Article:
Similarities in skeletal structures between distantly related species and changes in these structures over the lifetime of a single individual, led to the conclusion that a new taxonomic system was needed (Hollande & Cachon-Enjumet 1960; Cachon & Cachon 1968, 1982, 1985; Petrushevskaya *et al.* 1976).In this way, the correct identification of an organism can take a long time and effort, the development of new techniques for species identification could be very useful for taxonomist.

These organisms include drifting animals, plants, archaea, algae, or bacteria that inhabit the pelagic zone of oceans, seas, or bodies of fresh water. Plankton is defined by their ecological niche rather than phylogenetic or taxonomic classification. Numerous studies have shown a strong relationship between larval fish survival and the timing and production of their food *(i.e.,* plankton) (Beaugrand 2005; Paerl *et al.* 2007; Gallego *et al.* 2012). The timing and production of plankton are in turn directly dependent on water temperature and nutrient availability (which is indirectly controlled by temperature-driven circulation patterns). Changes in climate can affect the timing of the seasonal plankton blooms, with effects that pass up the food web. Longer term changes in climate may even change the plankton species composition, changing the feeding environment of the larval fish.This is why the importance of opportune and efficient recognition of plankton in short time.

Pattern recognition is an expanding field in optical and computer research since the first appearance of the classical matched filter (Lugt 1964). Many advances have been made using different types of mathematical transformation taking advantage of their different properties such as invariance to position, rotation, and scale (Casasent *et al.* 1991; Vijaya-Kumar & Teck-Khim 1996; Zavala-Hamz & Álvarez-Borrego 1997; González-Fraga *et al.* 2006; Díaz-Ramírez *et al.* 2006; Guerrero-Moreno & Álvarez-Borrego 2009; Solorza & Álvarez-Borrego 2010).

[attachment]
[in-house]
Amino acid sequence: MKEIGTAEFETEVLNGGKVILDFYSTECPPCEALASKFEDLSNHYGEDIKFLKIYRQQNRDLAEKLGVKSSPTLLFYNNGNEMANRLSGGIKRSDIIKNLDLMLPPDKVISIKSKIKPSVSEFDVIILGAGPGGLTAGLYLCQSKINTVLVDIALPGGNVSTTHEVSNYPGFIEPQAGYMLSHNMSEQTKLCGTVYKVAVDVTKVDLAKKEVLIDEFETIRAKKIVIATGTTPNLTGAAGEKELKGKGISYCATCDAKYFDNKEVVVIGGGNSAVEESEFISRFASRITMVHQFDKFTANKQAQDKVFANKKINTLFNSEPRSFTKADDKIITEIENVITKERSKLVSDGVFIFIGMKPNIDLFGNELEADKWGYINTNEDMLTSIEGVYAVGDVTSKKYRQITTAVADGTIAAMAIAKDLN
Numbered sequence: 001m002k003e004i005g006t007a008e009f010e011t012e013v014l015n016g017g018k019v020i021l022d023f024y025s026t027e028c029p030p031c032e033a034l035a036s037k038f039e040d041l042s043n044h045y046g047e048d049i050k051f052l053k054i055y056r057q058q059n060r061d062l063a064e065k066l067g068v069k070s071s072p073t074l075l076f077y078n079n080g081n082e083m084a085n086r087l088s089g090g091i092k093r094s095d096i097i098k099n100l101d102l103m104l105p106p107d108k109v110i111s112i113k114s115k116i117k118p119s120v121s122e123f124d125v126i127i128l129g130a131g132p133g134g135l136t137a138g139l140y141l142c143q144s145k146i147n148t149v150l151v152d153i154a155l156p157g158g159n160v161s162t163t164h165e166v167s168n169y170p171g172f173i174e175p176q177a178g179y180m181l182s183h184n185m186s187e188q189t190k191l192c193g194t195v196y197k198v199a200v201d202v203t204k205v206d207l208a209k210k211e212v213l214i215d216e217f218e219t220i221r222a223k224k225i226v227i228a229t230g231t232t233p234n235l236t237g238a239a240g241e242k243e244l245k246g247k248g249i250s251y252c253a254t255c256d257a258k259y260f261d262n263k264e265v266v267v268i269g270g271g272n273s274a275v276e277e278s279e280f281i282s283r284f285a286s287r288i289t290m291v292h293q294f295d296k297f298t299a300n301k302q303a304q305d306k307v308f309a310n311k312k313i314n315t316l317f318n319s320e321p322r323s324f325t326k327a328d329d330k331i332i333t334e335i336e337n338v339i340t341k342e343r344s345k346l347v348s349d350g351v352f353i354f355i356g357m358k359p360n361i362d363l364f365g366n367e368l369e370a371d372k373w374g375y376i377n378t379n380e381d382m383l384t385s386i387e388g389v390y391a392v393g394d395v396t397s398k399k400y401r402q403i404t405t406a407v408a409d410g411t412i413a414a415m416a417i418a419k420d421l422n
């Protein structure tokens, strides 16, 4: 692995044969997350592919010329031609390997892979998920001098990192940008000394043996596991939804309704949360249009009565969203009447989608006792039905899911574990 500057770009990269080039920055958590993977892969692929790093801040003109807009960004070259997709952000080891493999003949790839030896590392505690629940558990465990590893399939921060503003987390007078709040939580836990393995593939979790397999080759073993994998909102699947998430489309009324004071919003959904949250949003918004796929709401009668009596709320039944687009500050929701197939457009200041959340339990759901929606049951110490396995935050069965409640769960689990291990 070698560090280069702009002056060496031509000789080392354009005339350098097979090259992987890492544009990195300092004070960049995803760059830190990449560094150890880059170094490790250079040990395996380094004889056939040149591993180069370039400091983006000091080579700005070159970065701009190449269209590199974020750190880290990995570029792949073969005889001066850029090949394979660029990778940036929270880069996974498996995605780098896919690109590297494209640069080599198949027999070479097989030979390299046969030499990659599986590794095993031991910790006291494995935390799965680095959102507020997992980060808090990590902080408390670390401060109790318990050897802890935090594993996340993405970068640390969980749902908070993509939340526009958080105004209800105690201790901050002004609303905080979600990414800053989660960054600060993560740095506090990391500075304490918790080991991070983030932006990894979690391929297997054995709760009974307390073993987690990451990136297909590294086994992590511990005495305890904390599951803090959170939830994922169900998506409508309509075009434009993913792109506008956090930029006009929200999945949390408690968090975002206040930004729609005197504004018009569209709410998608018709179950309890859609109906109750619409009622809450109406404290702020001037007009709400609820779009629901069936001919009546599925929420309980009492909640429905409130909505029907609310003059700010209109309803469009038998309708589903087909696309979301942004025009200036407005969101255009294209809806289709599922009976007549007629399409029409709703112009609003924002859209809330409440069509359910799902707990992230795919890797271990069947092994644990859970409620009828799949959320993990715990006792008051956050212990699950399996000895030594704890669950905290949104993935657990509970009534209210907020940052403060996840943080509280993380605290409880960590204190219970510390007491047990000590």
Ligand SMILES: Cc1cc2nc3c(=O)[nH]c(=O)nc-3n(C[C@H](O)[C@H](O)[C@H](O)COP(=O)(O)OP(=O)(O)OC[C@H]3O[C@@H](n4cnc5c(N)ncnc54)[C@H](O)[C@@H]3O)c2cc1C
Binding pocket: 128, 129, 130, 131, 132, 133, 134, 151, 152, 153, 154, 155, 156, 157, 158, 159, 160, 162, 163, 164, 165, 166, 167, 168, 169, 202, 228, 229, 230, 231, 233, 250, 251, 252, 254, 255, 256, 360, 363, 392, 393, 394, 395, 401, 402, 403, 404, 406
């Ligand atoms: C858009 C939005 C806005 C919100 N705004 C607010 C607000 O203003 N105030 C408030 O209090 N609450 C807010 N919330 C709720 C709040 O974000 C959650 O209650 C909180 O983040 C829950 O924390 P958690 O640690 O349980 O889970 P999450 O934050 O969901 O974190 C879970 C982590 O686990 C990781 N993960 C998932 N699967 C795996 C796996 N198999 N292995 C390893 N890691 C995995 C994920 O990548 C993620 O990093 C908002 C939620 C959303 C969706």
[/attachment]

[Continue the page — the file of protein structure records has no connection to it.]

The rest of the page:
In recent years, the methods of correlation are some of the most used techniques in a wide variety of areas (Álvarez-Borrego *et al.* 2002; Álvarez-Borrego & Castro-Longoria 2003; Mouriño-Pérez *et al.* 2006; Álvarez-Borrego & Fájer-Ávila 2006; Solorza & Álvarez-Borrego 2009, 2010; Lerma-Aragón & Álvarez-Borrego 2009; Hernández *et al.* 2010; Coronel-Beltrán & Álvarez-Borrego 2010). Also, these kinds of systems have been achieved that in addition to its high degree of reliability in objects recognition have low computational cost (Lerma-Aragón & Álvarez-Borrego 2009; Bueno-Ibarra *et al.* 2010).

The nonlinear correlation by using a* k*^{th} law is used to obtain the digital correlation providing information on the similarity between different objects. This kind of filter has advantages compared with the classical matched filter (Lugt 1964), the phase-only filter (Horner & Gianino 1984) and other linear filters; due to their great capacity to discriminate objects, the maximum value of the correlation peak is well localized, and the output plane is less noisy (Javidi 1990; Coronel-Beltrán & Álvarez-Borrego 2008). However, the novelty of this paper is the identity vector as well as its identity signature. This new methodology is used to recognize radiolarians, but it can be used for the recognition of other objects.

The procedure used in this work uses the original image statistical properties as well as the Fourier transform properties. This new methodology provides a significant reduction of the image information of size *m x n* to one-dimensional vector of 1 *x 256* consequently with low computational cost. In addition, the statistics of Euclidean distances is used as an alternative methodology for comparison of identity vectors already transformed.

RELATED WORK

In the literature there are some works using different methods to identify or classify objects. For example, Dimitri *et al.* (2005) used global and local features classifiers applied to classify images of zooplankton acquired by the Video Plankton Recorder (Davis *et al.* 1992). The first component classifiers were a support vector machine (SVM) classifier trained on global features. The second classifier was non-parametric density (NPD) with local features. The accuracy was between 50 - 60 %. In addition, they used 8 NPD component classifiers increasing the accuracy to 62%. One of them was trained with local features, while the rest used global features.